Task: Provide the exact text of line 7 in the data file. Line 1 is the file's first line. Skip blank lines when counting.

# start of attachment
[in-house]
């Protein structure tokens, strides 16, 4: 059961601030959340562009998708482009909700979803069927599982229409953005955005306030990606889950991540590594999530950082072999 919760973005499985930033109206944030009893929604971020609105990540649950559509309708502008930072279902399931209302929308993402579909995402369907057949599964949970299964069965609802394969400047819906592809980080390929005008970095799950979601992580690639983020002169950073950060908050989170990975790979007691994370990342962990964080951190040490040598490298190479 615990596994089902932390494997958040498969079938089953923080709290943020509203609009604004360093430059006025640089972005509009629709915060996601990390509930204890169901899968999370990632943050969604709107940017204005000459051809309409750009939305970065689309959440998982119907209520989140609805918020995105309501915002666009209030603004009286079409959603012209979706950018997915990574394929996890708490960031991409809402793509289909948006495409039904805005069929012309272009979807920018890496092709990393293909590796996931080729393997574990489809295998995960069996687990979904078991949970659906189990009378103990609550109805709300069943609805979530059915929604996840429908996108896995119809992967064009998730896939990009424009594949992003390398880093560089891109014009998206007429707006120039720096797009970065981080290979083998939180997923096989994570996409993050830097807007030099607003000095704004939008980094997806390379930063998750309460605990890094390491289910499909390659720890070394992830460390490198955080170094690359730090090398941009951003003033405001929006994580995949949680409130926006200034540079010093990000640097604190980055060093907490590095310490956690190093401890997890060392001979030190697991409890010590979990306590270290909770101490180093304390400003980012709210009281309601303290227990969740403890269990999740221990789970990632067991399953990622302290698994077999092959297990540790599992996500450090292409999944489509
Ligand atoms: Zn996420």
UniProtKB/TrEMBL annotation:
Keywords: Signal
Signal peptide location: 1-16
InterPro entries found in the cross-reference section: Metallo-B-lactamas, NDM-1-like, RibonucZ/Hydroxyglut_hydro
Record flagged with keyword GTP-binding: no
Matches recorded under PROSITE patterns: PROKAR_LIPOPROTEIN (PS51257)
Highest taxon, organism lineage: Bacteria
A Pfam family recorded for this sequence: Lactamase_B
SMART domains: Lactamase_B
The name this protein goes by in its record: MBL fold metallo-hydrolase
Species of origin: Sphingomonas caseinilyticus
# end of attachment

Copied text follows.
InterPro entries found in the cross-reference section: Metallo-B-lactamas, NDM-1-like, RibonucZ/Hydroxyglut_hydro